MODULE DESCRIPTION 2017-2018


SPRING SEMESTER 20 CREDITS



AAP113 REVEALING THE PAST



CO-ORDINATOR: COLIN MERRONY
OTHER TUTORS:


MODULE OUTLINE

‘Revealing the Past’ introduces the archaeological research process and the environment within which British archaeology functions. This module enables students to develop fundamental field skills. Students will gain an understanding of the research process throughout the module both by recovering evidence in the field using basic survey and excavation methods and by being introduced to the process of dealing with material and data recovered during fieldwork. The course will build towards a two-week field course which will take place at the end of the teaching period. The majority of the contact hours are practical sessions in the field and laboratory, where students will work collaboratively on an original programme of archaeological research. Lectures provide additional guidance on the methods employed and the historical context for the research. The development of transferable skills will be enhanced by collaboration with University of Sheffield Enterprise.


BROAD ACADEMIC AIMS AND PRINCIPLES OF THE UNIT

This module aims to:
• Familiarise students with the archaeological research process while working as part of a team on a research project.
• Provide students with in-depth practical experience of a range of archaeological fieldwork techniques, and through this to learn core techniques of observation, identification, descriptive recording, analysis and interpretation of archaeological materials and deposits.
• Introduce the organisational structure and professional practice of archaeology and heritage conservation in the U.K.
• Introduce essential safe working methods and familiarise students with health and safety procedures
• Develop students’ skills in acquiring, using and evaluating information from a variety of sources, including material, textual and digital evidence.
• Introduce basic analytical techniques, including simple statistical methods, in order to interpret different kinds of archaeological data.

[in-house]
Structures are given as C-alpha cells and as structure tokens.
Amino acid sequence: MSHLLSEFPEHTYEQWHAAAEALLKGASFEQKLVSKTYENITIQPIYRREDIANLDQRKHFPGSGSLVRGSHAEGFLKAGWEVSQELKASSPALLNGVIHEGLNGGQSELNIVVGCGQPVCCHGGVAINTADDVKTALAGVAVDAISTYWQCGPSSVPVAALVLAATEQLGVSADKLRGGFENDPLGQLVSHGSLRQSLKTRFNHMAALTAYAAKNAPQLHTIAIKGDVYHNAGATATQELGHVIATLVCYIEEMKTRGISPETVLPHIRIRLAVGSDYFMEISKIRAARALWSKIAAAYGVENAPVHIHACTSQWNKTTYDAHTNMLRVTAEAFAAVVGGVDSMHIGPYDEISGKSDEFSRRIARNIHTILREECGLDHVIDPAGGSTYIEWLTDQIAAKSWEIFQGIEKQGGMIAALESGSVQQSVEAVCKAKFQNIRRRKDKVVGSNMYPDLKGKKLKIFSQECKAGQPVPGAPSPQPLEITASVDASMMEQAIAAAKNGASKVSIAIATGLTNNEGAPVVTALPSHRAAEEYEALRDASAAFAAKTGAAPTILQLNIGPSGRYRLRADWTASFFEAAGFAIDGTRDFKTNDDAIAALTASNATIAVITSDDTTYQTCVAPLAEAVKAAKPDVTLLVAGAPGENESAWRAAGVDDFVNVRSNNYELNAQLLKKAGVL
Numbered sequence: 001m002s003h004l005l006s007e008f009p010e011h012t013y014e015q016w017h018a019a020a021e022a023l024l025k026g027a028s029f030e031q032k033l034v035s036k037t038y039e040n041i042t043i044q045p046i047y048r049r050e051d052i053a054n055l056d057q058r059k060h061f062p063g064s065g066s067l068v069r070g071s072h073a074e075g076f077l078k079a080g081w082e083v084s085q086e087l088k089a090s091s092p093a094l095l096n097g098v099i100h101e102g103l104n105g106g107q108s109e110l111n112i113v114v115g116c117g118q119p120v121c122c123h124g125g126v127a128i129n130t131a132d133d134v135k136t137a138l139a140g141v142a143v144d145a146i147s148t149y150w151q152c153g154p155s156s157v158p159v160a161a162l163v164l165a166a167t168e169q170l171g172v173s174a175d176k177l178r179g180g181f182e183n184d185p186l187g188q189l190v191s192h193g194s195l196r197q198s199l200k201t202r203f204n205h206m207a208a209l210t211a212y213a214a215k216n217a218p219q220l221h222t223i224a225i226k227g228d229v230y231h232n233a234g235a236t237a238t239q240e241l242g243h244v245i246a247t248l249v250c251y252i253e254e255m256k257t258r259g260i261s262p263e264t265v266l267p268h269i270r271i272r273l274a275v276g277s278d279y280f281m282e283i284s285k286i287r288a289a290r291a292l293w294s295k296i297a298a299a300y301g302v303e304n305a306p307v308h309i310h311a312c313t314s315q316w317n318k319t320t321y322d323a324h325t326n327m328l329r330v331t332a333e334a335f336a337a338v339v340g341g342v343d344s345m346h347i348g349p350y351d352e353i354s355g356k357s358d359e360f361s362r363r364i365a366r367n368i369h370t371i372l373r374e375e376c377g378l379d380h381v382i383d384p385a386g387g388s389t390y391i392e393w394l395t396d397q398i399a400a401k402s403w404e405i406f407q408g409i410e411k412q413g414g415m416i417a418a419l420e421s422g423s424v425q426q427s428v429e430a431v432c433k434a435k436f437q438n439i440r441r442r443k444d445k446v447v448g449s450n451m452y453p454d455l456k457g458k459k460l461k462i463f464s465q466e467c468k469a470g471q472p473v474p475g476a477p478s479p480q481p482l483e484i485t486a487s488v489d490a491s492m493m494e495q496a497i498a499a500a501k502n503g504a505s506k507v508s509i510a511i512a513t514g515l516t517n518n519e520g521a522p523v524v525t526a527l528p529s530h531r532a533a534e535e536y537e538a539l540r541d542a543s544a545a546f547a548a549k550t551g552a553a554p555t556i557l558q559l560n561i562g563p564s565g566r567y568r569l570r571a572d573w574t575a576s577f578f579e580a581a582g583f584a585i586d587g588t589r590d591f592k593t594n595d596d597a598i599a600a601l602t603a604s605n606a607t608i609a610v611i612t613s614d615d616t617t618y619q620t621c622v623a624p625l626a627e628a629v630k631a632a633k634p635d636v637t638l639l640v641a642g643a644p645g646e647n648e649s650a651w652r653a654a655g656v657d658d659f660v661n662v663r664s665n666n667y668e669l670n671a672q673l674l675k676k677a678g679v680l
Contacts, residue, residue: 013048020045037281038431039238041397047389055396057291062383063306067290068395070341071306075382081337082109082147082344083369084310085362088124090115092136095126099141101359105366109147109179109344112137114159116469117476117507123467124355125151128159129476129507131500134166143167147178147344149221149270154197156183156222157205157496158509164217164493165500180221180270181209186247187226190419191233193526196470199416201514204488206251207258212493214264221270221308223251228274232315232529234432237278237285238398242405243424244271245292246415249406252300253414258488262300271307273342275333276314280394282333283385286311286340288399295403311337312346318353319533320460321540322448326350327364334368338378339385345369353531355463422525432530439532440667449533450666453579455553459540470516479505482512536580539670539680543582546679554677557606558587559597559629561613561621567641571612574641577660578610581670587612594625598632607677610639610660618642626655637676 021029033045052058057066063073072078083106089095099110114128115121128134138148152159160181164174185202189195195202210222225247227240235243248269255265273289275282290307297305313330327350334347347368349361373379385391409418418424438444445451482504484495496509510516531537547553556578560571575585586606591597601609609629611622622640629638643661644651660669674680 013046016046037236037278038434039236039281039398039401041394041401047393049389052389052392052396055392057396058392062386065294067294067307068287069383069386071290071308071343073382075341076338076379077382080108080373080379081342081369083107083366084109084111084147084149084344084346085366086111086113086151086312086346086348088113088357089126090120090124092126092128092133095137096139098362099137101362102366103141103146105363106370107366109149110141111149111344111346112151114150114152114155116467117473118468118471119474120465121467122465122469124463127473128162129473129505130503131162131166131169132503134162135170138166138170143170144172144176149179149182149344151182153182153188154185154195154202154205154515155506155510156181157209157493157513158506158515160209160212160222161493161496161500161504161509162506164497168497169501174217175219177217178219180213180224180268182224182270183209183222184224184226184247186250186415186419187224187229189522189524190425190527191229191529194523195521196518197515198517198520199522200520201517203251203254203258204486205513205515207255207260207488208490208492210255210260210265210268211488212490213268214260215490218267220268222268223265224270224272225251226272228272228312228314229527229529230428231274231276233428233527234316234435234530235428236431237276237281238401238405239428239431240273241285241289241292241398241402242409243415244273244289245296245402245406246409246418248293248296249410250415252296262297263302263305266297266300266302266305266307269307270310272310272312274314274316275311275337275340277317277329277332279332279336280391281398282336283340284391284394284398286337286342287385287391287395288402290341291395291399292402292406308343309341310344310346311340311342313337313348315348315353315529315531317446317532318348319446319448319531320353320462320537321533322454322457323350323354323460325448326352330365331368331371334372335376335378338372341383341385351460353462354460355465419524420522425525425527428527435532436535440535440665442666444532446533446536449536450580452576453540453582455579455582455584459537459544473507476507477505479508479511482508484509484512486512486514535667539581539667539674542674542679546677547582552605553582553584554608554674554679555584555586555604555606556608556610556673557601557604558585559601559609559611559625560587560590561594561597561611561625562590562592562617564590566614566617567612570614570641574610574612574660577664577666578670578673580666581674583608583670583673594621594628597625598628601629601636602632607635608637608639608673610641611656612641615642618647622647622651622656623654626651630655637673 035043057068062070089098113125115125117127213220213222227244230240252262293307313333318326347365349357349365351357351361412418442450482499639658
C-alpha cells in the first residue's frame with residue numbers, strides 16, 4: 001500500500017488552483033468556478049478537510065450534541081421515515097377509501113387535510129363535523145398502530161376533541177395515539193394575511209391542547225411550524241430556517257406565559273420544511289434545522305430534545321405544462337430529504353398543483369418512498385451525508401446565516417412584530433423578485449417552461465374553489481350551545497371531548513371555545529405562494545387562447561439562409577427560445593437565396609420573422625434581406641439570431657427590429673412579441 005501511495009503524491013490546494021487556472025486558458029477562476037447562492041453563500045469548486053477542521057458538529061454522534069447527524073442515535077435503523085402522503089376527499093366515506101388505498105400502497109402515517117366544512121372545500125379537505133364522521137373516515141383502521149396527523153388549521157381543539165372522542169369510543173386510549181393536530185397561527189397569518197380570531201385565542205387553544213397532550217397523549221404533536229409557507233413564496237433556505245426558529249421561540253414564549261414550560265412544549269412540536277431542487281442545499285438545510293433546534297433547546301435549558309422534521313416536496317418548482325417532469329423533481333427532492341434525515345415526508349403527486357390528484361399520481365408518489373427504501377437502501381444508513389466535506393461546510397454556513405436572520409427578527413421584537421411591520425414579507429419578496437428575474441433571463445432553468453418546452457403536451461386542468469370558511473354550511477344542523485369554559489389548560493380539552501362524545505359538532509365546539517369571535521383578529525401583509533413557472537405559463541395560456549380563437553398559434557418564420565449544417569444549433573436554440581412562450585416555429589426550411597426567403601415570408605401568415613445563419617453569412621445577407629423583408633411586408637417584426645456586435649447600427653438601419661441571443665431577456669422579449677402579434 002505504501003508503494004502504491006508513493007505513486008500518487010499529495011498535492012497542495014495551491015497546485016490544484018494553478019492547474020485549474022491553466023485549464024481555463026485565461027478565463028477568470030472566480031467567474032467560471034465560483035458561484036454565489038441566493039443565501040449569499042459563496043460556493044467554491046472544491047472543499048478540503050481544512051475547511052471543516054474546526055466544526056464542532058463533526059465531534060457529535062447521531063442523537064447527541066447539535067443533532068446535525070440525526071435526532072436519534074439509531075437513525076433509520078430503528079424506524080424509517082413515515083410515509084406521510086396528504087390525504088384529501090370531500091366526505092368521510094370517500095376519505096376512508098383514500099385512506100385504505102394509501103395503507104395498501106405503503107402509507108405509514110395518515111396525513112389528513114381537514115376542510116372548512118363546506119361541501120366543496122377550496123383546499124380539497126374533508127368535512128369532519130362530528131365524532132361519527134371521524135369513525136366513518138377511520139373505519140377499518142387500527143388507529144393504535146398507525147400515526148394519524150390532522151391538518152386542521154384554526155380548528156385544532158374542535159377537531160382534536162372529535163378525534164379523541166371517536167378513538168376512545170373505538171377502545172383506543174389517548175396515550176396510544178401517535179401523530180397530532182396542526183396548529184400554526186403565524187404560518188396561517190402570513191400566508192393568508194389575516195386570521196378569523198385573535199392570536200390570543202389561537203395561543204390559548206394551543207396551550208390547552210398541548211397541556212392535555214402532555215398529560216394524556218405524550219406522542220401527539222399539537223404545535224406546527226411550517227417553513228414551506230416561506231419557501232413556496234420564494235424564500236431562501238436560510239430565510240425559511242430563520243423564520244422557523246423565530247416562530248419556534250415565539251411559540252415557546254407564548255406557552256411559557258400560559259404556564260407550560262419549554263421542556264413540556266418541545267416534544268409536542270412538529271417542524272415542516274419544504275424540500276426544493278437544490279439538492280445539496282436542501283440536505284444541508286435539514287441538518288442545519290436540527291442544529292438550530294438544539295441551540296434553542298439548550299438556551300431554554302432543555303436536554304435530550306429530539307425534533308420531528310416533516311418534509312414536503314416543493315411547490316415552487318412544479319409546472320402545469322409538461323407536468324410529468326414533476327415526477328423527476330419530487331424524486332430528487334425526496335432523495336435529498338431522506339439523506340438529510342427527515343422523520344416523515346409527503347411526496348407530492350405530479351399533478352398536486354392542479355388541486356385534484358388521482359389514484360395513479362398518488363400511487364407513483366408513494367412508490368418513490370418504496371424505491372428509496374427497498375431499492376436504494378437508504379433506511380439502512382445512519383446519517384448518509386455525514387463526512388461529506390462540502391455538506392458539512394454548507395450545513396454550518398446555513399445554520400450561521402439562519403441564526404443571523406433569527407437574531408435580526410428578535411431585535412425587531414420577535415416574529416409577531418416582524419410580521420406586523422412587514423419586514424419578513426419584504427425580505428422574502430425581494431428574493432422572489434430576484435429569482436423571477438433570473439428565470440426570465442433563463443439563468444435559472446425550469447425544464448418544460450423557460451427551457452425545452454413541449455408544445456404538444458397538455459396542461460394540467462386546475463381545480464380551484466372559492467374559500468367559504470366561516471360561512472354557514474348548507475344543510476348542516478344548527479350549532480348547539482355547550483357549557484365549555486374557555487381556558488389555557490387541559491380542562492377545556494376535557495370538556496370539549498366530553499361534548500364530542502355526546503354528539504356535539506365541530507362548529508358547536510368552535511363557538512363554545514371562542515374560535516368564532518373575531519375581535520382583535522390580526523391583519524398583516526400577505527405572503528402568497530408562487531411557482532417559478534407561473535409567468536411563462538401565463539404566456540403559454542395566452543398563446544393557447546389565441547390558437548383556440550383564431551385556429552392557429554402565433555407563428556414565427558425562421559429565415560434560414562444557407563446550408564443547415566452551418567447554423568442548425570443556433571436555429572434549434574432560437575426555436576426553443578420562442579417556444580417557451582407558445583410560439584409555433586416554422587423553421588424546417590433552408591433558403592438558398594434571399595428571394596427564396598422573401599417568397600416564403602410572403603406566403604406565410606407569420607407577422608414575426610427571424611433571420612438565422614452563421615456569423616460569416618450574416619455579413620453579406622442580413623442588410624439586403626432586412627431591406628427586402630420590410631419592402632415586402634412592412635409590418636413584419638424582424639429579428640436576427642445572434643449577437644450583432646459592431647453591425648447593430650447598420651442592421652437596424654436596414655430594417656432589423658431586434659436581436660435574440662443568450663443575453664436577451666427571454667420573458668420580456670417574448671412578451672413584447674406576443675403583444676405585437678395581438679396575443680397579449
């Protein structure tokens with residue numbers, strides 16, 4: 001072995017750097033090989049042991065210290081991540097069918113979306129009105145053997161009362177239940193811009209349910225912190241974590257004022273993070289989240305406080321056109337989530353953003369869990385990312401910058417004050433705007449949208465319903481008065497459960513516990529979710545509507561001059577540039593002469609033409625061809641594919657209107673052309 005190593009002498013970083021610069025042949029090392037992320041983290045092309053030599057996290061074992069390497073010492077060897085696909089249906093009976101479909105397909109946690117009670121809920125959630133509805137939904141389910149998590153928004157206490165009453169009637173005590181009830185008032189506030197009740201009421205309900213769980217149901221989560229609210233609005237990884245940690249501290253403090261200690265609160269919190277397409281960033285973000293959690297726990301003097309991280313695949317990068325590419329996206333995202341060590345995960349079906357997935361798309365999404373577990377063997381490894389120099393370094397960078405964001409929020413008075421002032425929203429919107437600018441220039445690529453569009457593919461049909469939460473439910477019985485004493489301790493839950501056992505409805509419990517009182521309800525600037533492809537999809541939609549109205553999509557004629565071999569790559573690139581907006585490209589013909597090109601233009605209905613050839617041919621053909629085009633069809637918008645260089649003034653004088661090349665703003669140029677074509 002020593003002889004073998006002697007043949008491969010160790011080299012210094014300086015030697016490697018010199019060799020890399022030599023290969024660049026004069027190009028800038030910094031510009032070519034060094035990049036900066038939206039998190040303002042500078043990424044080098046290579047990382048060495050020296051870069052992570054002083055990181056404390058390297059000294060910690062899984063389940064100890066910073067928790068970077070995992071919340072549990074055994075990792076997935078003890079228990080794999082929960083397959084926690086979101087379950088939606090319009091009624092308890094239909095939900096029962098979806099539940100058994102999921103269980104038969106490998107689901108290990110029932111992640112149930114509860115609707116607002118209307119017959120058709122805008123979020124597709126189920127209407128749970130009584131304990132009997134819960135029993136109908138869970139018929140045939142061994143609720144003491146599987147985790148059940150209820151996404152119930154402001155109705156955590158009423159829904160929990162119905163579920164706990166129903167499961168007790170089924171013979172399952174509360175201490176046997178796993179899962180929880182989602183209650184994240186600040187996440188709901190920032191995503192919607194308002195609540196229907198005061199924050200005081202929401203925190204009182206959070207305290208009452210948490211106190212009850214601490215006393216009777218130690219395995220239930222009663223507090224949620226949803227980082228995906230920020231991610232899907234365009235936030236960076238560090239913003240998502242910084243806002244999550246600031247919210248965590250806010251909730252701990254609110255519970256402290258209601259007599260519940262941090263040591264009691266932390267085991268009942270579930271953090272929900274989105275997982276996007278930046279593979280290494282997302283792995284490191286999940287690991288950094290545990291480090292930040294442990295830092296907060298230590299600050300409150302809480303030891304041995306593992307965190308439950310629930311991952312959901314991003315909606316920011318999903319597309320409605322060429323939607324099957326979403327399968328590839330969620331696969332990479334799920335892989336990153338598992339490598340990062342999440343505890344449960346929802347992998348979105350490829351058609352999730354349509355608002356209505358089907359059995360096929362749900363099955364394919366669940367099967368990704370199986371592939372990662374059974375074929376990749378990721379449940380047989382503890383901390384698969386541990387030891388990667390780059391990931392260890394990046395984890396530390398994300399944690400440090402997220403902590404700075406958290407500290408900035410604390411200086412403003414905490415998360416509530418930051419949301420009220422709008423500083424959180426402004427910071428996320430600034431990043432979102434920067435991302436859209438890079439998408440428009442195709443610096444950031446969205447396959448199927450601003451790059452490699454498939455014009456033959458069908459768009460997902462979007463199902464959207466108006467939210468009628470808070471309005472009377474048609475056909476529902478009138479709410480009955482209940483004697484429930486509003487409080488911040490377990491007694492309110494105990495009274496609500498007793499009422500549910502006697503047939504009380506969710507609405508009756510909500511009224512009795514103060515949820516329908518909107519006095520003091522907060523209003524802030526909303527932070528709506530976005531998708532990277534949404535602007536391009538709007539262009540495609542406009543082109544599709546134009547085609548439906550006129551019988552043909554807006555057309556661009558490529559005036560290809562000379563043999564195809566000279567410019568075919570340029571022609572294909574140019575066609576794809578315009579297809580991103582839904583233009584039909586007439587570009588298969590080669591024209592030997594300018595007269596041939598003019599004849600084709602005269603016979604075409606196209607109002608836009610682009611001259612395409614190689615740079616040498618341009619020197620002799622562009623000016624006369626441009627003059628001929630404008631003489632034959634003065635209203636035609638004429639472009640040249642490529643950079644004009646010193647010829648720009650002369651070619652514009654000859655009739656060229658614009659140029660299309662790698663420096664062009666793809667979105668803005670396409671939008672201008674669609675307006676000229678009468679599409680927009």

• Develop students’ opportunities for personal development including the introduction of the skills passport.


MEASUREABLE LEARNING OUTCOMES

By the end of the unit, a candidate will be able to:

• Demonstrate an understanding of the process of undertaking archaeological research.
• Demonstrate core techniques of recovery, identification, descriptive recording, analysis and interpretation of materials and deposits encountered during an archaeological field project.
• Perform and describe basic analytical techniques, including simple statistical methods, in order to interpret different kinds of archaeological data.
• Demonstrate an understanding of safe working practices within field archaeology and of the relevant health and safety regulations/procedures.
• Outline the main components of the organisational structure and professional practice of archaeology and heritage conservation in the U.K.
• Demonstrate an understanding of reflective learning methods and document practical skills development, through completing the initial content of their skills passport.


PERSONAL DEVELOPMENT SKILLS ACQUIRED

• Awareness of archaeological skills development and the skills passport which will lead to enhanced employability
• Ability to recognise, interpret and record archaeological features and deposits
• Understanding and application of technical archaeological field skills
• Transferrable skills including teamwork, working safely, time management


STUDENT ATTENDANCE AND INDEPENDENT STUDY

Type Hours
Lectures/Seminars 15
Fieldwork 75
Independent Study (including preparation for assessments) 110


ASSESSMENT

Method % of marks Length / words
Four practical assessments 40%
On site fieldwork assessment 20%
Reflective assessment/skills passport 40%


EXAMPLE LECTURE/SEMINAR TITLES

  • Introduction to the module: Legislation and the process: the basics of British archaeology; Working safely
  • Exploring the revolution: sources for Sheffield and North Derbyshire
  • Identifying change above ground: APs/field-walking/geophysical and topographic surveying
  • Identifying change above ground 2: Building survey and recording
  • Observing change: the landscape of Sheffield
  • Beneath our feet – investigating and understanding buried deposits
  • Making sense of the record – matrices, phases, statistics
  • Reports to archives – Where does it all go? Why do we do it?
  • The field course: practical issues, research context
  • Field course: Fieldwork